Purpose of review: The purpose of this review is to summarize potential modulations of the intestinal microbiome aimed at preventing or delaying progression to overt type 1 diabetes in the light of recently identified perturbations of the gut microbiota associated with the development of type 1 diabetes.
Recent findings: Accumulated data suggest that the gut microbiota is involved at two different steps in the evolution of type 1 diabetes. At the first step, the intestinal tract is colonized by a microbial community unable to provide an adequate education of the immune system. As a consequence, the infant acquires susceptibility to immune-mediated diseases, type 1 diabetes included. At the other step, the young child seroconverts to positivity for diabetes-associated autoantibodies. This is preceded or accompanied by a decrease in the diversity of the intestinal microbiota and an increased abundance of Bacteroides species. These changes will affect the disease process promoting progression toward overt type 1 diabetes. By providing specific probiotics, one can affect the colonization of the intestinal tract in the newborn infant or strengthen the immune education in early life. Human milk oligosaccharides function as nutrients for "healthy" bacteria. Dietary interventions applying modified starches can influence the numbers and activities of both autoreactive and regulatory T cells and provide protection against autoimmune diabetes in non-obese diabetic mice. Modulation of the intestinal microbiome holds the promise of effective protection against human type 1 diabetes.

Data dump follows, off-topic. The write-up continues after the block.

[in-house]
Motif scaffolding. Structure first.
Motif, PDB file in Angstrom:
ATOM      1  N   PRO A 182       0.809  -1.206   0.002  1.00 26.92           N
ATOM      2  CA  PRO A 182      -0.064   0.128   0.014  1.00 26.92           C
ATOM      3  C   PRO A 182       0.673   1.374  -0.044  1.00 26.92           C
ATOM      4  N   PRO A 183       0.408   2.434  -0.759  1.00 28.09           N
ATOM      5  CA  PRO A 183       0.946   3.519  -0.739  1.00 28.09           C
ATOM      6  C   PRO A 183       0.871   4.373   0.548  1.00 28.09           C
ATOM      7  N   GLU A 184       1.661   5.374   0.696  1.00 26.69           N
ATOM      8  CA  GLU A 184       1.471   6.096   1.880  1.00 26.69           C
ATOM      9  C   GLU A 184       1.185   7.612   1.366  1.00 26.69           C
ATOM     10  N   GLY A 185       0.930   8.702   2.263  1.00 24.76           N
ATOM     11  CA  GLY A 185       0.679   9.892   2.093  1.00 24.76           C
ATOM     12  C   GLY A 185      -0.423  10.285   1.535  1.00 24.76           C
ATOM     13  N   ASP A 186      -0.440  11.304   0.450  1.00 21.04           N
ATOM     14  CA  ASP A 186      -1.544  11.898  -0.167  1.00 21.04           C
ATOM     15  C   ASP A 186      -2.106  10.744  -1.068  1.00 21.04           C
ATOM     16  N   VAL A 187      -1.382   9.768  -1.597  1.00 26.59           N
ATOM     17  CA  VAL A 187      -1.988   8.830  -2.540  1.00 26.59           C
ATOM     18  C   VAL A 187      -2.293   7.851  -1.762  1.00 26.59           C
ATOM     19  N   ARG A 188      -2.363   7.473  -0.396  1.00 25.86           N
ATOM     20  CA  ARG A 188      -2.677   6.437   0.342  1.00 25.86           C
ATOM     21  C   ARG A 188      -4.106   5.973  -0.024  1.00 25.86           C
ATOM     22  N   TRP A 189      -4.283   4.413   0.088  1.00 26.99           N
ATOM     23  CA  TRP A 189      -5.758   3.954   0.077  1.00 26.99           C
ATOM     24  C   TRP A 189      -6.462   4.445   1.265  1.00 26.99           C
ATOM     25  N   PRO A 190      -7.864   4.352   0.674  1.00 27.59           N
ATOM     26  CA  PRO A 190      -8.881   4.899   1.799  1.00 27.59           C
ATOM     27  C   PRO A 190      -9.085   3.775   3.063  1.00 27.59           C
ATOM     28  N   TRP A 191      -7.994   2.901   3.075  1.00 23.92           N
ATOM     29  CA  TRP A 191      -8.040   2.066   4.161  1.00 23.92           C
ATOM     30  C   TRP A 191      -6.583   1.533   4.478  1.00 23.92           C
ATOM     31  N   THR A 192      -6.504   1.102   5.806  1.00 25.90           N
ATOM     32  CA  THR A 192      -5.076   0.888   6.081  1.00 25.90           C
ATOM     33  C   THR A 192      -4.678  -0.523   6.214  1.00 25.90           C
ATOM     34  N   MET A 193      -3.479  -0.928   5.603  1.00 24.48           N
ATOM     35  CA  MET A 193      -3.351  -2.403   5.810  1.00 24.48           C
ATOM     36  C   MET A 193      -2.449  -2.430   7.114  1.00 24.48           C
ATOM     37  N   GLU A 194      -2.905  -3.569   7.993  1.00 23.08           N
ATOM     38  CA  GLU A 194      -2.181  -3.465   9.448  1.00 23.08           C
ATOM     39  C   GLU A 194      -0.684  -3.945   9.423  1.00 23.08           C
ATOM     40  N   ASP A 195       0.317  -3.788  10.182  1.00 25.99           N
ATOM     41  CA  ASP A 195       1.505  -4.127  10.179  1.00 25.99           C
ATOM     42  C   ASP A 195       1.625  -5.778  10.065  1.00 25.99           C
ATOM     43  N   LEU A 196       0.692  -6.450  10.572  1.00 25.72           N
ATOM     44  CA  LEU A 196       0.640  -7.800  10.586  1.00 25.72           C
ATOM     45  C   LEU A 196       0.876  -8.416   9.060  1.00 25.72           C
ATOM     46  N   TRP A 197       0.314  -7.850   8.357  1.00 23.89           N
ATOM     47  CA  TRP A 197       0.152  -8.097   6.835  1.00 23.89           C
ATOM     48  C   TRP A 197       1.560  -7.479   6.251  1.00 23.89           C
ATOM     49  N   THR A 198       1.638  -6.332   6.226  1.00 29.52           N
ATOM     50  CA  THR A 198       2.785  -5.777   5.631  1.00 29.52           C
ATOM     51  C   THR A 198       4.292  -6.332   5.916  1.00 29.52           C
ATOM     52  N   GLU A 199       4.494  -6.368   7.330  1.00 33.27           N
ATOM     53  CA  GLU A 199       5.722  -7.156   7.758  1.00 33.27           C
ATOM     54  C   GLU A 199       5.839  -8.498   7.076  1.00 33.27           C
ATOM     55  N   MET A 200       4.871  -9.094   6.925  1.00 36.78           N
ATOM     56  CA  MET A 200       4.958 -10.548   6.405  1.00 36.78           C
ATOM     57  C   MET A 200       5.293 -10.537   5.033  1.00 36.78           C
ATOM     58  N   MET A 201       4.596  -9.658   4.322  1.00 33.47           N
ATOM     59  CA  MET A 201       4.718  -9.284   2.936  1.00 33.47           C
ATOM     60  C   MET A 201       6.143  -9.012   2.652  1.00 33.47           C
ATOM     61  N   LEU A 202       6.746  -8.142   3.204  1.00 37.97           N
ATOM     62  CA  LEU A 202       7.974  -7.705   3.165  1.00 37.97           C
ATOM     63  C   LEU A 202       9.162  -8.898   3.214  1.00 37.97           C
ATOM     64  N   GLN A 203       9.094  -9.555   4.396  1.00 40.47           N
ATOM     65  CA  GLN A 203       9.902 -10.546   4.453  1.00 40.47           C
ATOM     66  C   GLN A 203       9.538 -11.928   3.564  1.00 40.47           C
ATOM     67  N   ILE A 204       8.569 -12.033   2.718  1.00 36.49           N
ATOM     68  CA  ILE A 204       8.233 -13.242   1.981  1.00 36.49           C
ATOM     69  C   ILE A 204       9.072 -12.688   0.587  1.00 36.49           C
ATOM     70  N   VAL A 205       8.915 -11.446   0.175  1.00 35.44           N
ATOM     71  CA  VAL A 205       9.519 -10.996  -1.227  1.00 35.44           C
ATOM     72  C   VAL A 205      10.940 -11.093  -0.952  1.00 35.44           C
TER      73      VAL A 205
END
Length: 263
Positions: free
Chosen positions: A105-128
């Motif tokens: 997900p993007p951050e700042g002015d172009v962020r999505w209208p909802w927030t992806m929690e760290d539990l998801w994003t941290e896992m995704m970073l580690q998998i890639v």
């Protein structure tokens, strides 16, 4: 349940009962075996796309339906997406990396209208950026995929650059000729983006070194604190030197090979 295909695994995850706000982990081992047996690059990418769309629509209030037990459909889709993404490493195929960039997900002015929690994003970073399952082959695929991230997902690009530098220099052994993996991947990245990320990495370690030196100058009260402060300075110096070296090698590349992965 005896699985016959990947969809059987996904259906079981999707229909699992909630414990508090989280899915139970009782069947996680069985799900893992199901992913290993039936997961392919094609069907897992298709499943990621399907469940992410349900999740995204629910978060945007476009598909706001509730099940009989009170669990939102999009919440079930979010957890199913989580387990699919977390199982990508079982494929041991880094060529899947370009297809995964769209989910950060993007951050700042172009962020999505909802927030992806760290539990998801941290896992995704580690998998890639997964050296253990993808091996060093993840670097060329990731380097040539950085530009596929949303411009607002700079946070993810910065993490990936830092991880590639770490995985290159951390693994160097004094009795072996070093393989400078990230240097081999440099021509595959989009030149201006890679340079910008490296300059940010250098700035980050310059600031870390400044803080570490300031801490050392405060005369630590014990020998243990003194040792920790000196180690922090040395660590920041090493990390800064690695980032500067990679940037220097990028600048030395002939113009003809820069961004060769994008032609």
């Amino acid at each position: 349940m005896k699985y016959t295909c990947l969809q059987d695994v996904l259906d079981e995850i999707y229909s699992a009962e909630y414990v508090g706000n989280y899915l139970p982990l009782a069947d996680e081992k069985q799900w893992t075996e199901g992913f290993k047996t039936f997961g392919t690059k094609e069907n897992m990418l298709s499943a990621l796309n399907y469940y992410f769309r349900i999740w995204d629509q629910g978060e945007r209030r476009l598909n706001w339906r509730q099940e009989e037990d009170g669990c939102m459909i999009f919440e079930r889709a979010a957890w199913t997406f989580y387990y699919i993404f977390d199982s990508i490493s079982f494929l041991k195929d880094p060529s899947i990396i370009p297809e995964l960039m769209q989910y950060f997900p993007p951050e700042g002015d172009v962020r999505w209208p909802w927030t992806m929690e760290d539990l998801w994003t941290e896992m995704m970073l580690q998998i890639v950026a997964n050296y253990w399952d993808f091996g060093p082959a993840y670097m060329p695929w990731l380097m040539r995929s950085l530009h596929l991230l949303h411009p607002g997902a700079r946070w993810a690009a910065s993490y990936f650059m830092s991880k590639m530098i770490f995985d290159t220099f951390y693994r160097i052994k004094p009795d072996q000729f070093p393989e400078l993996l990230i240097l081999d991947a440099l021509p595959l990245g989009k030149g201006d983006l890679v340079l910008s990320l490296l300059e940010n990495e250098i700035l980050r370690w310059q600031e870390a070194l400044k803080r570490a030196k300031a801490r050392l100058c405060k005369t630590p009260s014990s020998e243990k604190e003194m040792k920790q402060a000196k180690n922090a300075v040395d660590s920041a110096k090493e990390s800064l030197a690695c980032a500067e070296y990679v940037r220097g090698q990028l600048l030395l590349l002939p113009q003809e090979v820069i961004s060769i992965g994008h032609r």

Keywords: Diet; Microbiome; Microbiota; Prebiotics; Probiotics; Type 1 diabetes.